26. To add to my comment about Leonardo’s basement, it only took my five year old one slip with a hot glue gun before he learned to use one VERY CAREFULLY.

  27. i was making pies with girl scouts and so many girls cut there hands peel apple with potato peeler. our hands also turned orange too were not sure why though but it was funny.

  28. Actually I’ve knitted with a fork, it’s not that bad.

  29. I am way more frightened of cutting myself when I use a potato peeler than a knife!

  30. my sons are in scouts and they get to use knives. i think it depends o the troop. L Lenore Skenazy Columnist, founder of http://www.freerangekids.com 212 600 4123 646 734 8426 (cell) Busy twittering at FreeRangeKids

    Author of, “FREE RANGE KIDS: Giving Our Children the Freedom We Had Without Going Nuts With Worry.” BUY IT NOW! http://tinyurl.com/rxtujv Also author of the trivia book that puts the fun in short term memory loss:”WHO’S THE BLONDE THAT MARRIED WHAT’S-HIS-NAME?” PRE-ORDER IT NOW, TOO! SEND MY KIDS TO COLLEGE! http://tinyurl.com/pbofuv

  31. Ridiculous! My daughter and I peeled and cut apples the other day for homemade applesauce using of course kitchen knives. She’s nine. I cut my finger, she didn’t.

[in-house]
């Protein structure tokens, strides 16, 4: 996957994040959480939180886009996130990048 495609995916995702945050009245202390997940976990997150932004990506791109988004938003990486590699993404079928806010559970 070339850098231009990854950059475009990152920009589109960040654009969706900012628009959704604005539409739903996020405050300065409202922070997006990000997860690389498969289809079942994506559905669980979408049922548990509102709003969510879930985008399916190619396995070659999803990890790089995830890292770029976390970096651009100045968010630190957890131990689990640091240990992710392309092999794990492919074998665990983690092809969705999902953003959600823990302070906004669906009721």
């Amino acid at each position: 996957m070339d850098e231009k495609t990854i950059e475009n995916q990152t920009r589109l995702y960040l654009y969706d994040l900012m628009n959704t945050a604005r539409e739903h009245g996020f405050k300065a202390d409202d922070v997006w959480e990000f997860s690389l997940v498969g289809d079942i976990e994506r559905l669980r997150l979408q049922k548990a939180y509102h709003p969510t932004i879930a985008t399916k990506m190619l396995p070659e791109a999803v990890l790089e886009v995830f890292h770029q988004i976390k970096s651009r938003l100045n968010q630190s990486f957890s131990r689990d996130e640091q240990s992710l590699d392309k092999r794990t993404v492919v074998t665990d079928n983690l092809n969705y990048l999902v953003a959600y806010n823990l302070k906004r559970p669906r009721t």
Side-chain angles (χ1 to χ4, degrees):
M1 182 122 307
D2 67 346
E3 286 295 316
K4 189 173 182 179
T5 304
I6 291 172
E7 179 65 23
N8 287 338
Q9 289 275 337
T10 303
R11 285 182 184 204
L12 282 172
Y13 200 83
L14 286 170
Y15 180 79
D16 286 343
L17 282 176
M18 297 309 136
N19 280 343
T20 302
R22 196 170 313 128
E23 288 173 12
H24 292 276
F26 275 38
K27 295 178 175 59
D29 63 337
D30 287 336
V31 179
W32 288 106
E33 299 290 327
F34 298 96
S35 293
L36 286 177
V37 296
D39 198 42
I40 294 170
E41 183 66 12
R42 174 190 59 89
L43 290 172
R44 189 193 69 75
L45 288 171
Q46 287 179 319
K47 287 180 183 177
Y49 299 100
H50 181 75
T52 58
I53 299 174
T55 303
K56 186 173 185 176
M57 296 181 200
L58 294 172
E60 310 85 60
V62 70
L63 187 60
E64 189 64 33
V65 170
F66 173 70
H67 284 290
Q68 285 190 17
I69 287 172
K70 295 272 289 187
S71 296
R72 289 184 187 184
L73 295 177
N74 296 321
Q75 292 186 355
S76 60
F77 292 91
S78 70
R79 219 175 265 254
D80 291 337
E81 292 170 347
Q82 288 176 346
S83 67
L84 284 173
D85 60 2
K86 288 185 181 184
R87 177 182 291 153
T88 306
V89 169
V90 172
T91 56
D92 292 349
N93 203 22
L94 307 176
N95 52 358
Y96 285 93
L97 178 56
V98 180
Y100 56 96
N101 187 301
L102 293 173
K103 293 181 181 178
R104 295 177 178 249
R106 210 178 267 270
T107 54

32. When I was younger I would spend my summers at a girl scout camp. For the most part a really great experience, but I was always frustrated by two things. We were supposed to bring pocketknives to learn knife safety, but outside of the (very few!) knife safety sessions we had to leave our knives locked up with the counselors. I learned to use a knife safely from my Dad, who was a boy scout as a kid and let me use his knife on camping trips from a really young age. And as others have said here, he told me the most dangerous knife is a dull one.

    The other thing that really bothered me was that we were shown how to start campfires but never allowed to actually do it. Again, I learned to start a campfire from my dad on our camping trips. I never knew if that was a girl scout thing or just the camp I went to, but I’m so sad to hear that boy scouts are being treated the same way now.